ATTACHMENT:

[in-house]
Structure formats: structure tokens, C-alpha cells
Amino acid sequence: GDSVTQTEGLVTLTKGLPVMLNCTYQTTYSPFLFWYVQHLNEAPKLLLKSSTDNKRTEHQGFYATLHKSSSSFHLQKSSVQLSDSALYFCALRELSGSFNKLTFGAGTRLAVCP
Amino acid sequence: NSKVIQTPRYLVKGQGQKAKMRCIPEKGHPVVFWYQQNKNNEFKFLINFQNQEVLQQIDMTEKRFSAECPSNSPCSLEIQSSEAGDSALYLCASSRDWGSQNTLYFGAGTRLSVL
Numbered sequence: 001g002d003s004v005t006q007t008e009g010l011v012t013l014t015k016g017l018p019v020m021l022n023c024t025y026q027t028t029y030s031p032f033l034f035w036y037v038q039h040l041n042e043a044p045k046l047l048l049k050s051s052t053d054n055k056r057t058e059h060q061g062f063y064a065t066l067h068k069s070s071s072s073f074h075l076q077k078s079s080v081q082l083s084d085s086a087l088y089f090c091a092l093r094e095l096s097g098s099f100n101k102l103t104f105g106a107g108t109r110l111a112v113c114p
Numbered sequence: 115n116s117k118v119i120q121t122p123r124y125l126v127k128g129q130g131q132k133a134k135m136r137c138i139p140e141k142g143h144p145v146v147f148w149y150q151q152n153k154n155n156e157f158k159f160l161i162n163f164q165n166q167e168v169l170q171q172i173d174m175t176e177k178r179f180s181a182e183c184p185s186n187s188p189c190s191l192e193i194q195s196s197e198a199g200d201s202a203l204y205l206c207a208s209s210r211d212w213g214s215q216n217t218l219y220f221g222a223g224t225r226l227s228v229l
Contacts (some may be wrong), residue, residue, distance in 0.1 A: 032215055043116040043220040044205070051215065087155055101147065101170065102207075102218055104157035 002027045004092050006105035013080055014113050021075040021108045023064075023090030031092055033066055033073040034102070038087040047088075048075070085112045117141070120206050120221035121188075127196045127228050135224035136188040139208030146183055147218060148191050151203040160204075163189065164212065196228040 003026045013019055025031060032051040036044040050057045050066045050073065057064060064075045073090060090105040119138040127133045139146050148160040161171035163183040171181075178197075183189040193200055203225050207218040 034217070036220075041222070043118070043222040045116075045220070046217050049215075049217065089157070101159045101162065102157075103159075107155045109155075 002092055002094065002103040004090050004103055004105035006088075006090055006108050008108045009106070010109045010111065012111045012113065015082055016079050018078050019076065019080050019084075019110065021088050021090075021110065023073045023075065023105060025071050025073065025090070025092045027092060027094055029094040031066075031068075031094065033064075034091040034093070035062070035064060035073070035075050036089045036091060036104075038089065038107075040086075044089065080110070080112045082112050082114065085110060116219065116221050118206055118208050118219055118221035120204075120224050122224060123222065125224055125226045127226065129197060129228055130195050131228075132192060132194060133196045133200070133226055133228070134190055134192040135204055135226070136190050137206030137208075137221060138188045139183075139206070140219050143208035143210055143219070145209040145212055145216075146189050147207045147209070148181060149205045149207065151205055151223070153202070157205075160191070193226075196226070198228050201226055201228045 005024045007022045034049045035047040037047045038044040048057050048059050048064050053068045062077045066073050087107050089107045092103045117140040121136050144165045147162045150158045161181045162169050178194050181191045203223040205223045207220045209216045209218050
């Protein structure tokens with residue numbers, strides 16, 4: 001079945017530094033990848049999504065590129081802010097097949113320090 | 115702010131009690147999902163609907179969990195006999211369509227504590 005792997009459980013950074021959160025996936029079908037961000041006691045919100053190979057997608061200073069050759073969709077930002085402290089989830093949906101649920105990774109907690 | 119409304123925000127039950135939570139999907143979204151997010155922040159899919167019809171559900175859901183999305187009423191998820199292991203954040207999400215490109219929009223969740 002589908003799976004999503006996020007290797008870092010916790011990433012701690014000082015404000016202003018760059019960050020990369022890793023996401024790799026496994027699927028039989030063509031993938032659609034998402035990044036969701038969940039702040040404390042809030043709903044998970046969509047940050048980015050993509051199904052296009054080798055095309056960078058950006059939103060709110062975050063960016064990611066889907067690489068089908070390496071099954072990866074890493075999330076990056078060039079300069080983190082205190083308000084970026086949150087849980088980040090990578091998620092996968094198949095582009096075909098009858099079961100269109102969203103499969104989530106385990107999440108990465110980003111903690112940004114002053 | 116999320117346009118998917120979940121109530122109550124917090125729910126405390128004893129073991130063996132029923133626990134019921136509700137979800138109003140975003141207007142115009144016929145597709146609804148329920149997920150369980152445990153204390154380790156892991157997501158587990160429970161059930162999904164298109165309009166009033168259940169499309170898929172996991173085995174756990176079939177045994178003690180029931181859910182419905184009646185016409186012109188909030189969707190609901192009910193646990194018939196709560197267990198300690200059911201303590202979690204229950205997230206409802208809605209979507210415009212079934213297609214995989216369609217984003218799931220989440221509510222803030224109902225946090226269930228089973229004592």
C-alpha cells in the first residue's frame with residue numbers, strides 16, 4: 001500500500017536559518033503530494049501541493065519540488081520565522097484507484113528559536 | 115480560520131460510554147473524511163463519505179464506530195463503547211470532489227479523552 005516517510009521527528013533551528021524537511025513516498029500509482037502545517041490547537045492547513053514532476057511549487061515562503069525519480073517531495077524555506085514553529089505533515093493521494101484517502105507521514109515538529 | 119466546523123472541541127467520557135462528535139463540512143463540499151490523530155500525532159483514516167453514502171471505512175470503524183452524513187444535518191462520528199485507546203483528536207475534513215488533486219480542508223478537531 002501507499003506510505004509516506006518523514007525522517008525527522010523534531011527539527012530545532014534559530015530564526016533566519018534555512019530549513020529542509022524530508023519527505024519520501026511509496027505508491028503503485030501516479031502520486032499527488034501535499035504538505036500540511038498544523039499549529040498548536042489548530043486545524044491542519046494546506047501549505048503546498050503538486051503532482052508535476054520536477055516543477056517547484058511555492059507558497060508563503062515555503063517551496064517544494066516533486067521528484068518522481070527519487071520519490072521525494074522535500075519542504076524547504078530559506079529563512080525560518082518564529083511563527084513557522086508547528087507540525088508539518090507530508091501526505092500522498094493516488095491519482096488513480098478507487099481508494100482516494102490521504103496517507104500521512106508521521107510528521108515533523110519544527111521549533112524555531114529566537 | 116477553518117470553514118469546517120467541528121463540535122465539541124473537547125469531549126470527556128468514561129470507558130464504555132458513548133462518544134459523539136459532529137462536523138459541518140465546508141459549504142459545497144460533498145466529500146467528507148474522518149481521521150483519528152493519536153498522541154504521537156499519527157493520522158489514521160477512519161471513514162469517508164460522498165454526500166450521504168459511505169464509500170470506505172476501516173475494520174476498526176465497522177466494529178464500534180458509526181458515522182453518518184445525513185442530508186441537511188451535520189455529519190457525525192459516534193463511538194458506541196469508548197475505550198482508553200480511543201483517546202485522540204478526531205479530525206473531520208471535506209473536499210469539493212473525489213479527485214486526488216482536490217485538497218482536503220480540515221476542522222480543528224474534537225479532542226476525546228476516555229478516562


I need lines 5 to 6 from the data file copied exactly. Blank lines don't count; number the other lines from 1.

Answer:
Numbered sequence: 001g002d003s004v005t006q007t008e009g010l011v012t013l014t015k016g017l018p019v020m021l022n023c024t025y026q027t028t029y030s031p032f033l034f035w036y037v038q039h040l041n042e043a044p045k046l047l048l049k050s051s052t053d054n055k056r057t058e059h060q061g062f063y064a065t066l067h068k069s070s071s072s073f074h075l076q077k078s079s080v081q082l083s084d085s086a087l088y089f090c091a092l093r094e095l096s097g098s099f100n101k102l103t104f105g106a107g108t109r110l111a112v113c114p
Numbered sequence: 115n116s117k118v119i120q121t122p123r124y125l126v127k128g129q130g131q132k133a134k135m136r137c138i139p140e141k142g143h144p145v146v147f148w149y150q151q152n153k154n155n156e157f158k159f160l161i162n163f164q165n166q167e168v169l170q171q172i173d174m175t176e177k178r179f180s181a182e183c184p185s186n187s188p189c190s191l192e193i194q195s196s197e198a199g200d201s202a203l204y205l206c207a208s209s210r211d212w213g214s215q216n217t218l219y220f221g222a223g224t225r226l227s228v229l